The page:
Key questions can open doors when buying wine at restaurants 

click to enlarge When purchasing wine at a restaurant, don’t be afraid to consult the sommelier or select one of the less expensive offerings on the list. - AP PHOTO/CHRIS PIZZELLO
  • AP PHOTO/CHRIS PIZZELLO
  • When purchasing wine at a restaurant, don’t be afraid to consult the sommelier or select one of the less expensive offerings on the list.
It might be getting easier to choose a good bottle of wine when dining out these days, thanks to increasingly better organized and more descriptive wine lists, but it still can be a challenge. However, with more and more information online and a glut of great local, and imported, wine choices, selecting the right wine is more fun and less stressful than ever.

Most restaurants feature all, or much, of their wine lists online. Many will email them to you. Sommeliers and wine directors also are generally delighted to talk to you during non-peak times to help you choose a wine (and potentially spend more on a great wine than on dinner).

Everyone loves bubbles, and restaurants can impress guests by having a bottle chilling on their table when they arrive. It doesn’t need to be Champagne, either. Lovely proseccos from Italy, cavas from Spain and domestic California sparkling wines cost half the price of Champagne and are delicious.

Sparkling wines also tend to pair well with all kinds of lovely dishes that start a meal — oysters, salads and raw fish.

When ordering wine with a large group, you may want to choose something that works for everyone, including wines that are flexible in terms of food pairings and don’t have aggressive acidity or strong tannins.

Wines that have overall general appeal include pinot noirs, from almost anywhere in the world; not overly oaky chardonnays; and rustic reds. The kind of reds that step up to meat, but might overwhelm fish, include spicy syrahs (think the Rhone Valley of France, California and Washington); red blends and lower-alcohol zinfandels; and northern Italian wines such as Barbaresco and barbera.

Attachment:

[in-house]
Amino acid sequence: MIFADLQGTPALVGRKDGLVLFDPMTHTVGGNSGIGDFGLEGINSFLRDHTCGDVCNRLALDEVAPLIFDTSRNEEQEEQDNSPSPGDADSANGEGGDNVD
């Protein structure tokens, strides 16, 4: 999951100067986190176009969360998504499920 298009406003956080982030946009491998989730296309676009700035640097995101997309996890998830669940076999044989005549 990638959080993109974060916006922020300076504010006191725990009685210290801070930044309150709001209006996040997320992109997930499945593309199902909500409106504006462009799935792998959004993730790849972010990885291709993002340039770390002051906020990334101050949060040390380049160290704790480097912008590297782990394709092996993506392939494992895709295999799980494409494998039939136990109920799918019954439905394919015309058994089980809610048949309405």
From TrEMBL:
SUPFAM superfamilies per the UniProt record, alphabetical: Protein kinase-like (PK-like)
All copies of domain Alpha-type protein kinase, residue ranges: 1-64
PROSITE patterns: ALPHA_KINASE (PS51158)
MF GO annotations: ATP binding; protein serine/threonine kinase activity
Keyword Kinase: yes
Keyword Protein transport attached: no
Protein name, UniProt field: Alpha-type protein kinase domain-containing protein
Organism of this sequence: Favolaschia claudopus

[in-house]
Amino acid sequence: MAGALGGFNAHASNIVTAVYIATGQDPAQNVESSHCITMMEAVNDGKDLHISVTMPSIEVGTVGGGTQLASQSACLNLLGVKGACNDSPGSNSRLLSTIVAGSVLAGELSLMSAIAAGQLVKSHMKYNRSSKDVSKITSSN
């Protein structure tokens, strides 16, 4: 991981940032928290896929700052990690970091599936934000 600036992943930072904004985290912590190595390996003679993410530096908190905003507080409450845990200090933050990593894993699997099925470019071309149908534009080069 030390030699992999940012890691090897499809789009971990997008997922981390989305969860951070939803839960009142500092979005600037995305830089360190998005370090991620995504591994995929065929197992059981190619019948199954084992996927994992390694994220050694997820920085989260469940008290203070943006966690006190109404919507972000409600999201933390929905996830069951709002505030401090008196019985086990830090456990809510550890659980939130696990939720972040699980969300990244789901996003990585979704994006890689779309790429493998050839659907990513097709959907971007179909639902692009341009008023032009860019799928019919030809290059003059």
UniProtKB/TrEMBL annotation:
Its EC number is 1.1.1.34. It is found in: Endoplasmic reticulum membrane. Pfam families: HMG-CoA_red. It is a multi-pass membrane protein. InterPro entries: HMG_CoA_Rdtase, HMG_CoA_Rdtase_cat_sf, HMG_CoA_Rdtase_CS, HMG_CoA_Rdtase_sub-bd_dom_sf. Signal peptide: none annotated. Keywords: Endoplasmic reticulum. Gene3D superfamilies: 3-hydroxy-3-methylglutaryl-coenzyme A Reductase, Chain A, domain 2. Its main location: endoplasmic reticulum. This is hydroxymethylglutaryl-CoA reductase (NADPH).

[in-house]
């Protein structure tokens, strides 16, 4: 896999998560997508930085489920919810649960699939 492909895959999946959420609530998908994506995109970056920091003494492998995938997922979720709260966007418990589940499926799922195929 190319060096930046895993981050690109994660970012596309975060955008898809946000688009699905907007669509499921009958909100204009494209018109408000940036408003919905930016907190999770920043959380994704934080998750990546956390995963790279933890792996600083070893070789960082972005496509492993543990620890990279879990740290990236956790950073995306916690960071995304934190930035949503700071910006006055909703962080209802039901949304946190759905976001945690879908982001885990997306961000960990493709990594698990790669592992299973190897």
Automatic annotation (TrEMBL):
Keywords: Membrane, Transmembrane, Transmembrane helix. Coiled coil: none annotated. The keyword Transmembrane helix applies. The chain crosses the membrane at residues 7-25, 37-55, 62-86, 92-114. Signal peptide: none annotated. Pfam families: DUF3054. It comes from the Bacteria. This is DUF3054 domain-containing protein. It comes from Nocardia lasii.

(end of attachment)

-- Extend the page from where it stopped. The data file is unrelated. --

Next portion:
Those who put the list together will have their own passions and favorite wine growing regions. Don’t be afraid to ask if they have found anything new lately or have new wines that are not on the list. It’s highly likely they just got back from Croatia, an obscure region of Spain or southern Italy. You might get to try something surprising and amazing that was not on your radar.

If a sommelier recommends something and you don’t love it, feel free to let him or her know. They should be ready to take it back, drink it for dinner themselves or serve it by the glass. Don’t let them encourage you to order something too expensive, which could be hard to return.

You can let the wine director know what your wine budget is in subtle way. You don’t have to let your date, or business partner, know that you don’t want to spend more than $60 a bottle. If you hold your finger underneath a specific price on the list and inquire about what is good in that range, they will have you covered.

Often the least expensive bottle can be great. Most guests are reluctant to order it, but that shouldn’t discourage you. The most frequently sold bottle on most restaurants’ lists is the second-to-least expensive, as it is seen as affordable, but not too bargain basement.

Liza B. Zimmerman is the principal of the Liza the Wine Chick, a writing and consulting business. She has been writing, educating and consulting about wine, cocktails and food for two decades. She has worked almost every angle of the wine and food business, from server and consultant to positions in distribution, education and sales.

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Liza B. Zimmerman

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